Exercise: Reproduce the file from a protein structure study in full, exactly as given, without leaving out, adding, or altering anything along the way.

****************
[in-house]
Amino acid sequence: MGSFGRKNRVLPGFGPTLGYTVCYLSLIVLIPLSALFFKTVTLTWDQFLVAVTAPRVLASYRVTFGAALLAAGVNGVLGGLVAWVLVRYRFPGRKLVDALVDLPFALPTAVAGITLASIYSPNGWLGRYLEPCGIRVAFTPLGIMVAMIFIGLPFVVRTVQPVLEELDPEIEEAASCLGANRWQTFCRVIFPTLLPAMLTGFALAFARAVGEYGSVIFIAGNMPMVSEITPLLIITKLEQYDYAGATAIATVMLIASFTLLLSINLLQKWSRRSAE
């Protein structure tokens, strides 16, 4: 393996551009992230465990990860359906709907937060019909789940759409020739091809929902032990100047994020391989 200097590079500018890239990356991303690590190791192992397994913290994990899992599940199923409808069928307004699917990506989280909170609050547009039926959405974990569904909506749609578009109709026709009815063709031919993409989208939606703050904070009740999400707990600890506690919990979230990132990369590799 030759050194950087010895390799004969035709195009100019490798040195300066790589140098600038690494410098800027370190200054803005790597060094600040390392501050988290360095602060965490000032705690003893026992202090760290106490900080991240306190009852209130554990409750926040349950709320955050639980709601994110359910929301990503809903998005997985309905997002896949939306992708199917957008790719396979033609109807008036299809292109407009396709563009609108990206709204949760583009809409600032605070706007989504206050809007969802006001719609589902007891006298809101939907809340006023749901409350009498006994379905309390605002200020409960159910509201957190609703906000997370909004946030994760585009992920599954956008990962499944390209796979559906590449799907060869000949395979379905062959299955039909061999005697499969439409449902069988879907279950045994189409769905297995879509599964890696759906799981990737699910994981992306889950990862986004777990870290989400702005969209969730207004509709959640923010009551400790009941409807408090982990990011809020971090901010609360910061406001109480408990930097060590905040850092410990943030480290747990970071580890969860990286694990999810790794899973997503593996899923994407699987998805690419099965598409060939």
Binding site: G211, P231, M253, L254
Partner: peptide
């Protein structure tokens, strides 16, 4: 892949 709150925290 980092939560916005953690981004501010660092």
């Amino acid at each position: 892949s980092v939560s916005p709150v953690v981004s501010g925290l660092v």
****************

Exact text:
[in-house]
Amino acid sequence: MGSFGRKNRVLPGFGPTLGYTVCYLSLIVLIPLSALFFKTVTLTWDQFLVAVTAPRVLASYRVTFGAALLAAGVNGVLGGLVAWVLVRYRFPGRKLVDALVDLPFALPTAVAGITLASIYSPNGWLGRYLEPCGIRVAFTPLGIMVAMIFIGLPFVVRTVQPVLEELDPEIEEAASCLGANRWQTFCRVIFPTLLPAMLTGFALAFARAVGEYGSVIFIAGNMPMVSEITPLLIITKLEQYDYAGATAIATVMLIASFTLLLSINLLQKWSRRSAE
């Protein structure tokens, strides 16, 4: 393996551009992230465990990860359906709907937060019909789940759409020739091809929902032990100047994020391989 200097590079500018890239990356991303690590190791192992397994913290994990899992599940199923409808069928307004699917990506989280909170609050547009039926959405974990569904909506749609578009109709026709009815063709031919993409989208939606703050904070009740999400707990600890506690919990979230990132990369590799 030759050194950087010895390799004969035709195009100019490798040195300066790589140098600038690494410098800027370190200054803005790597060094600040390392501050988290360095602060965490000032705690003893026992202090760290106490900080991240306190009852209130554990409750926040349950709320955050639980709601994110359910929301990503809903998005997985309905997002896949939306992708199917957008790719396979033609109807008036299809292109407009396709563009609108990206709204949760583009809409600032605070706007989504206050809007969802006001719609589902007891006298809101939907809340006023749901409350009498006994379905309390605002200020409960159910509201957190609703906000997370909004946030994760585009992920599954956008990962499944390209796979559906590449799907060869000949395979379905062959299955039909061999005697499969439409449902069988879907279950045994189409769905297995879509599964890696759906799981990737699910994981992306889950990862986004777990870290989400702005969209969730207004509709959640923010009551400790009941409807408090982990990011809020971090901010609360910061406001109480408990930097060590905040850092410990943030480290747990970071580890969860990286694990999810790794899973997503593996899923994407699987998805690419099965598409060939």
Binding site: G211, P231, M253, L254
Partner: peptide
């Protein structure tokens, strides 16, 4: 892949 709150925290 980092939560916005953690981004501010660092």
């Amino acid at each position: 892949s980092v939560s916005p709150v953690v981004s501010g925290l660092v």